Here's how Thursday and this morning went down:
At noon Thursday, Mayor Pro Tem Jamey Gay said the pace was quickening when it came to restoration of power. Sherri Gilliam with Inter-County Energy said an estimated 2,500-3,000 customers in Boyle County were still without power. Crews continue to work on the problem.
Areas in Parksville and Junction City have been restored.
Gay said KU will bring units in from North Carolina, South Carolina and Georgia to aid in relief. He said KU had 9,200 customers in Boyle without power.
Four hours later, Gay said Charleston Healthcare was online, but it appeared Danville Centre for Health and Rehabilitation on Third Street could take as long as three weeks to restore.
KU addressed several priority areas, including powering Farmer's National Bank and area hotels. The courthouse was also a priority, and County Judge-Executive Harold McKinney announced it would be operational by today, regardless.
Additionally, residents continued to be cautioned on using safety when dealing with downed power lines and connections to their homes.
Stansbury asked residents to check the connections from the lines to their residences in case of irregularities and damage. If anything looks damaged, residents are advised to have it checked by an independent electrician. KU will not deal with damages.
Residents also were told not to hook up generators to house lines due to the considerable fire hazard.
At 8 p.m., Gay said there was not a huge change in electric service, aside from a few locations in Danville and Boyle County reporting a restoration of power. That included several areas downtown, much of Fourth Street, and portions of Perryville.
Coming into the EOC this morning, workers were busy with the green magic marker, coloring in several additional areas with restored electricity. By 8 a.m. today, the colored areas included parts of Junction City, Perryville, and much more of downtown Danville.
Gay said more in-depth reports from both KU and Inter-County Energy were expected at noon.
At noon, Assistant City Engineer Josh Morgan reported both pumps were up and running at both the intake and water treatment plant. Wholesale customers such as Garrard, Parksville and Hustonville were expected to be back on supply soon. Residents still are being asked to conserve water and use only when necessary. If compliance occurs, City Manager Paul Stansbury said full, normal service would return by 7 a.m. today.
At 4 p.m., Morgan said tanks were 50 percent and holding steady. People are urged, however, to continue conserving.
A boil-water advisory remains in effect until further notice.
Thursday night at 8 p.m., City Manager Paul Stansbury said the water system was getting over the initial surge from residential users, but conservation was still a must.
This morning, Stansbury said water was replenishing itself nicely, but the system was not restored entirely.
"We'll be on a boil water advisory for the foreseeable future," Stansbury noted.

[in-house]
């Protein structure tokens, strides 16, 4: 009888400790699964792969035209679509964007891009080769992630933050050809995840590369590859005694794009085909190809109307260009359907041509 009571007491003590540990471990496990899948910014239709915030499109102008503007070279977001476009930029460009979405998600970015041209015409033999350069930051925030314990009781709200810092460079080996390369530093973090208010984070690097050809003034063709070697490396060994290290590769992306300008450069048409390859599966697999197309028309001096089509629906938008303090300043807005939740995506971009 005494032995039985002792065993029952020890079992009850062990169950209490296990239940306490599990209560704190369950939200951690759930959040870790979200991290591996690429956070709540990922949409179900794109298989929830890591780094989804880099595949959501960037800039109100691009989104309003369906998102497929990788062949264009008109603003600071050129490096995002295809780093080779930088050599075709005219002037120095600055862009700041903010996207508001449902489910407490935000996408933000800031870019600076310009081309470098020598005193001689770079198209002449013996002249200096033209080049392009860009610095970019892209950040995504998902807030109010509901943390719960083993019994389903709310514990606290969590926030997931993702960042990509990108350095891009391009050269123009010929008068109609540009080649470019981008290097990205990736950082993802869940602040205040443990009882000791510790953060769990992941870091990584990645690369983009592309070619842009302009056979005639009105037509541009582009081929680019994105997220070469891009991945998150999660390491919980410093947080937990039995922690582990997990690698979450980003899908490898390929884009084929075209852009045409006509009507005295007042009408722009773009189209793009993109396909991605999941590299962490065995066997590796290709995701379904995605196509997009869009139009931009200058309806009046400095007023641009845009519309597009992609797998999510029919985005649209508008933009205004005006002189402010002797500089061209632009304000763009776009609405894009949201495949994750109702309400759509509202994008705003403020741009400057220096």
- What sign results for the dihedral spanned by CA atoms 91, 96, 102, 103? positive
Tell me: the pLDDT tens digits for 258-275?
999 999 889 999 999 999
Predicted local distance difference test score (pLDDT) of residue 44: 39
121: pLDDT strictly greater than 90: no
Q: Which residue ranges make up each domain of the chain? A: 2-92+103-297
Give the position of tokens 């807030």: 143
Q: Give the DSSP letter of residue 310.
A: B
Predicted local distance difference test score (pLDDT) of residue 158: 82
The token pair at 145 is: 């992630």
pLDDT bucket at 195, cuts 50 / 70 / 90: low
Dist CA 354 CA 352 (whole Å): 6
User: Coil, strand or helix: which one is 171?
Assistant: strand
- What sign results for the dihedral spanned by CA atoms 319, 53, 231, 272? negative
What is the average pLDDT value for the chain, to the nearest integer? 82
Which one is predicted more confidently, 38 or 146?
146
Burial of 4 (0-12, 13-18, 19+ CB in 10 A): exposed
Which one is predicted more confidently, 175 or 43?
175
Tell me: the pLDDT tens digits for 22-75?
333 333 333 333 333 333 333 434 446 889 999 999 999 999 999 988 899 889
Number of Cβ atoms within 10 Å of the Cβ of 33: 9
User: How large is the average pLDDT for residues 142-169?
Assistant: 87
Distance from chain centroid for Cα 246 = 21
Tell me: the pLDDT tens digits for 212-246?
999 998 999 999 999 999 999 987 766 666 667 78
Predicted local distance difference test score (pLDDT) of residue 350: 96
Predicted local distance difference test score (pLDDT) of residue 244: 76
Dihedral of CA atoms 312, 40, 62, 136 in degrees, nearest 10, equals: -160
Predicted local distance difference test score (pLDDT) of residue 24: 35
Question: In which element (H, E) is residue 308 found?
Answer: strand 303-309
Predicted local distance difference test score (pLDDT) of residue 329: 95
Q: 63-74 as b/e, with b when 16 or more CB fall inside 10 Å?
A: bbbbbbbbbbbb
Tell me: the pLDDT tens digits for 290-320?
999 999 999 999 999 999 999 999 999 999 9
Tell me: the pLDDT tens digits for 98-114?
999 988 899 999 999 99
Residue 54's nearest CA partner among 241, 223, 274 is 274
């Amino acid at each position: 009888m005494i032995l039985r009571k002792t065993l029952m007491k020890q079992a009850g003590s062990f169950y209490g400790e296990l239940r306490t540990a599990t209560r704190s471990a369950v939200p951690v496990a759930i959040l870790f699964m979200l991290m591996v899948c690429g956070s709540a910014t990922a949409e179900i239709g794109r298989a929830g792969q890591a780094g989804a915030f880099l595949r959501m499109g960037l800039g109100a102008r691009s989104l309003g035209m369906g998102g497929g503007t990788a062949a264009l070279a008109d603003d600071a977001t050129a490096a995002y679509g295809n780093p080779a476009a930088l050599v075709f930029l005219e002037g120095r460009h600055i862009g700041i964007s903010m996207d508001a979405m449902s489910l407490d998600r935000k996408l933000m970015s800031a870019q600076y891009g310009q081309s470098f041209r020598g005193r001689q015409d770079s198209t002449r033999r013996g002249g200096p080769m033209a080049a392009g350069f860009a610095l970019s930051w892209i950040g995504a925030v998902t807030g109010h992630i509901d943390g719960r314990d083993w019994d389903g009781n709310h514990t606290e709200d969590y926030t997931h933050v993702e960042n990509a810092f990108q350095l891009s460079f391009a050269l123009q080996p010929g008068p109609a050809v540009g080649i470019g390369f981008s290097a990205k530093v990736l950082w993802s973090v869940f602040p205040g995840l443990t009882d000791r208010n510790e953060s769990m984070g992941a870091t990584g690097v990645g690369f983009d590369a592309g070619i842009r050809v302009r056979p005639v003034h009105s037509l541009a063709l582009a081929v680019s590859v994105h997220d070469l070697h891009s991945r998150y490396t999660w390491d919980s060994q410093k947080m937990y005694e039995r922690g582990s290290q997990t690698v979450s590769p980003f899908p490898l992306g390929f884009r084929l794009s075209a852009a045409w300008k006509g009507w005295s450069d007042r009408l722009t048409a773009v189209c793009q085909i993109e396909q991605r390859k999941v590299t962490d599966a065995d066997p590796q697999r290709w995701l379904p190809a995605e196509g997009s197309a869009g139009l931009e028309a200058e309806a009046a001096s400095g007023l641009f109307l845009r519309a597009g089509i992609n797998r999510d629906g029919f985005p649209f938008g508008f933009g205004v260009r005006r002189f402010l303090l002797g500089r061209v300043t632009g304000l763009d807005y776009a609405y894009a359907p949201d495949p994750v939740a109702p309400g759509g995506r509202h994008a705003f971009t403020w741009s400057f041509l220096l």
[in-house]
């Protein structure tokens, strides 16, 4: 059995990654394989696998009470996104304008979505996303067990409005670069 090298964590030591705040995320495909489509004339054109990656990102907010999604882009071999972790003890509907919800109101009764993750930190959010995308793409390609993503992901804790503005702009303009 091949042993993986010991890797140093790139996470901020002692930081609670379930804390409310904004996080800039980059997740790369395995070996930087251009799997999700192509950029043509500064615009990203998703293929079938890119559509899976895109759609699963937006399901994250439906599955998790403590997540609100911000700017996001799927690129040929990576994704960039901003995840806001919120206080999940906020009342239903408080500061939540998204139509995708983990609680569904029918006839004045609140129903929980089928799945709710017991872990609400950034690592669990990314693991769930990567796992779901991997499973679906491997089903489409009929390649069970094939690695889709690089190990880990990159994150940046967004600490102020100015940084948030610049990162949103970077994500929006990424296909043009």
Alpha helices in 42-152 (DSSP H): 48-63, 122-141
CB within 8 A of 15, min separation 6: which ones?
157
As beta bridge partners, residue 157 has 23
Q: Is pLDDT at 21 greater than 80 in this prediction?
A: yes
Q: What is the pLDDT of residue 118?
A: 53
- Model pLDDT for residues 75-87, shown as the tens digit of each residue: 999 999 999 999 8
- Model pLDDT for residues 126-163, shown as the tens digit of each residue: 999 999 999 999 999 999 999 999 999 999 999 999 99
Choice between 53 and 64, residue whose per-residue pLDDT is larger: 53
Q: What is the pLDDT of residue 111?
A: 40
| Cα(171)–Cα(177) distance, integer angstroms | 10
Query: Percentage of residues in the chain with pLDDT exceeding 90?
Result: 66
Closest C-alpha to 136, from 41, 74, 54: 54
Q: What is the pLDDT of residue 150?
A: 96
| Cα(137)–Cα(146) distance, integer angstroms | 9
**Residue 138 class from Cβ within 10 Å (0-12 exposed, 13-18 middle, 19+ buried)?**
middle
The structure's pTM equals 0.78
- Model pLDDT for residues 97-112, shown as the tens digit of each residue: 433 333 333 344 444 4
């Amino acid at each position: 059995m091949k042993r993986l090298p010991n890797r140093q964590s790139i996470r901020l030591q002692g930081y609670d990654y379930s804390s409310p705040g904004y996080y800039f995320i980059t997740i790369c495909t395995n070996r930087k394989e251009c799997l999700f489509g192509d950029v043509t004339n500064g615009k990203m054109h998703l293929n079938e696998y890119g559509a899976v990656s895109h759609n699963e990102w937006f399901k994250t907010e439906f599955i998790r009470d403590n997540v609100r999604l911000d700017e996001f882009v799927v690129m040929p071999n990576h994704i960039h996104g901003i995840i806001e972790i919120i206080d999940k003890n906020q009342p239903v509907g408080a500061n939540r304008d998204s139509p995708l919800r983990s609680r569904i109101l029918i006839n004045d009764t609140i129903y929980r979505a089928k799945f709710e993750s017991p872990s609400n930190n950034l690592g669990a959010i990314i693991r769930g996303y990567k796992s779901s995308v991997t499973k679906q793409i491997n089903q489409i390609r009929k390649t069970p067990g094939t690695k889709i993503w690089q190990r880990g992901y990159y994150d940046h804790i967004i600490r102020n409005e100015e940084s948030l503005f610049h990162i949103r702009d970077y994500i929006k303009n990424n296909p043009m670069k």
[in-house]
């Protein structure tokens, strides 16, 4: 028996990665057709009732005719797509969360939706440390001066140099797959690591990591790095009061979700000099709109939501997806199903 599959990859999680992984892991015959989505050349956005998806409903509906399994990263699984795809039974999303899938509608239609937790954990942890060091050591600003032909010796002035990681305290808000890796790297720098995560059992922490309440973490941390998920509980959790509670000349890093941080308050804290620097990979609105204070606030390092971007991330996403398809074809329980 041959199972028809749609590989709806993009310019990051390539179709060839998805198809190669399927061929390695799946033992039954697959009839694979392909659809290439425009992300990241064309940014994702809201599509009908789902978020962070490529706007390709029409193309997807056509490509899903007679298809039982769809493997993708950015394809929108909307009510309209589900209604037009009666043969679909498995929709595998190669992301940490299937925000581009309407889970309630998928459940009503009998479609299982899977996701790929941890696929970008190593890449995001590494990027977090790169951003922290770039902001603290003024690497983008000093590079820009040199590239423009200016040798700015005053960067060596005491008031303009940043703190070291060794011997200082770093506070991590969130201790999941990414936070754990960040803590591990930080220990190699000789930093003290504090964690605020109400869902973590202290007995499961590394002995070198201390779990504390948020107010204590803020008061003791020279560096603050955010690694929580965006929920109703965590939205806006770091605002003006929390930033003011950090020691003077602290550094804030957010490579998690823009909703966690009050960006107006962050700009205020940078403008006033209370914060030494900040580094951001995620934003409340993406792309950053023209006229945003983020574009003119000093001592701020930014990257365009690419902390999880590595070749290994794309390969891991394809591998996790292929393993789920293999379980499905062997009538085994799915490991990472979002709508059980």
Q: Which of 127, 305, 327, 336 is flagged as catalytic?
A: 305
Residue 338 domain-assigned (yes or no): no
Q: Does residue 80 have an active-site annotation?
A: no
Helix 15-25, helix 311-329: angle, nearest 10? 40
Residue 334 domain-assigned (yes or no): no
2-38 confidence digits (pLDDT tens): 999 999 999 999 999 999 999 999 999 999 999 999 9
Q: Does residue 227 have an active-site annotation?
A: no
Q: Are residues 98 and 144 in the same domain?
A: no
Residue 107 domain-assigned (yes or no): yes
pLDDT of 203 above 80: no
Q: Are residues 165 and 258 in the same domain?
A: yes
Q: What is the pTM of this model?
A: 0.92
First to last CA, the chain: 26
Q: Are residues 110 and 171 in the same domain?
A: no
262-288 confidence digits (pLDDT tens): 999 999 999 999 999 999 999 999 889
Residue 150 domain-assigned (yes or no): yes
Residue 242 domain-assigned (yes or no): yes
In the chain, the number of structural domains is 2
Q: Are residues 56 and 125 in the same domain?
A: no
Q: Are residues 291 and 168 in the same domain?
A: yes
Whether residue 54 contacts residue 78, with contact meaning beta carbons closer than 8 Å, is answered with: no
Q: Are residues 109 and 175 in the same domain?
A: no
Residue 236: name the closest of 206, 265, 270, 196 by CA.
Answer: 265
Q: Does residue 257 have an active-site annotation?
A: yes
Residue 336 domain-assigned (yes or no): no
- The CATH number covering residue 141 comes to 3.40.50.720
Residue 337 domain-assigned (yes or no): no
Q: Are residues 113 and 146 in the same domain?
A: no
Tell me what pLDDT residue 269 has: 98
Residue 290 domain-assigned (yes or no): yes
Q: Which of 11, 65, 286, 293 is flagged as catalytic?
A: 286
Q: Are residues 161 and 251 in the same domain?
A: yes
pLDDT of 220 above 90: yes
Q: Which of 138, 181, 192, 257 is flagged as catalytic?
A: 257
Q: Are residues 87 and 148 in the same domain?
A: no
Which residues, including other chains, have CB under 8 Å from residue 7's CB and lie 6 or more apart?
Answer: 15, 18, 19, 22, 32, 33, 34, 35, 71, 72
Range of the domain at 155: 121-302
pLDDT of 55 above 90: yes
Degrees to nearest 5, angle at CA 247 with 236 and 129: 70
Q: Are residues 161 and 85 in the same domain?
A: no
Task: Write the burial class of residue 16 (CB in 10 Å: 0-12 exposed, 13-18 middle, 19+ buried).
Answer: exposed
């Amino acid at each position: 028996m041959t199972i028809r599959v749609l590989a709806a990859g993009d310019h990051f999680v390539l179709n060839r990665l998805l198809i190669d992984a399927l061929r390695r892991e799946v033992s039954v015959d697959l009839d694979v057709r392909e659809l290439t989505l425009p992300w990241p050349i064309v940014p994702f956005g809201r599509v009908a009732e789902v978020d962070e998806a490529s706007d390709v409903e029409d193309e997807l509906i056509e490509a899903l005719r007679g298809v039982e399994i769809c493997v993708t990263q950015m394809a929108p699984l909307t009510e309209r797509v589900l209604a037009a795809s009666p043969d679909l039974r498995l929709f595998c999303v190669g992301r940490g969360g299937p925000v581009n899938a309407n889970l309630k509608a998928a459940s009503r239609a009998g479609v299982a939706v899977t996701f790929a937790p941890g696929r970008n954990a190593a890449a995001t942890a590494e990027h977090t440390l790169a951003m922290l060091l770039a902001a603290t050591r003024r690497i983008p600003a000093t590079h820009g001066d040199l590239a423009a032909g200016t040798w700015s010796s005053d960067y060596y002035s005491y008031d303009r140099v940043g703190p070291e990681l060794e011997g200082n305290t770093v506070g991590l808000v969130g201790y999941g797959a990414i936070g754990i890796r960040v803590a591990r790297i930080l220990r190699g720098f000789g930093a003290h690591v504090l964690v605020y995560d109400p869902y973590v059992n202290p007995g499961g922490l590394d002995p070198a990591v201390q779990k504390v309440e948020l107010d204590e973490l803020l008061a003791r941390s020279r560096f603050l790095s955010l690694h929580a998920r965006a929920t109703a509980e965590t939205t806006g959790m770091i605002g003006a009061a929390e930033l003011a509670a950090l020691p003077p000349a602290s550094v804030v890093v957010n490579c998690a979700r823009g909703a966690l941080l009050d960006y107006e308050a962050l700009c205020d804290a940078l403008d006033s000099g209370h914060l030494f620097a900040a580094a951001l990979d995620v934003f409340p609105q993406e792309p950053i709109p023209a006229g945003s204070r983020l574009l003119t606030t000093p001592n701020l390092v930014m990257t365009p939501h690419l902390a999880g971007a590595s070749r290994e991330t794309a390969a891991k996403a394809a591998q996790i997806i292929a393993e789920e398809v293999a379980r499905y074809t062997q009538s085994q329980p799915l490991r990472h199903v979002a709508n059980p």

At noon, both the William E. Bunny Davis Recreational Complex and Centenary United Methodist Church Christian Life Center were up and running. Medical service people are still needed, however, at both locations.
At 4 p.m., Boyle County Health Department Director Roger Trent said the church was approaching capacity and people were encouraged to stay home if possible.
There is a desperate need for able volunteers at both shelter locations. Medical workers also still are needed.
At 8 p.m. Alum Springs Baptist Church was opened as an overnight shelter. Additionally, Trent reported both the complex and church were reaching critical levels. A meeting between agencies was held at 9 p.m. regarding future shelter, but no announcement was made.
Trent noted this morning plans were under way to open an additional shelter. An announcement is expected at the noon meeting. As of 8 a.m., the complex and church were housing approximately 250 residents.
The health department director said the majority of those using the shelter were from public housing.
"The numbers are going to keep going up," said Trent.
Gay said he would consult KU and Inter-County about making public housing a priority for restoration of power.
Police Chief Jay Newell said there had been no reports of thefts at the shelters.
Newell said this morning all city roads were looking great, while County Engineer Duane Campbell announced 80 percent of county roads were clear. Problem areas include the county's knobs.
Gay said at the meeting this morning officials were in the process of obtaining information about reimbursement and aid from the Federal Emergency Management Agency. Announcements are expected at noon.
With much of the state -- and the nation -- having its collective eye fixed on Danville and Boyle County, Lt. Gov. Dan Mongiardo visited the area Thursday, offering wishes of good hope and speedy recovery. Mongiardo visited area shelters and met with local leaders in the EOC.
State Sen. Tom Buford was expected in the area today.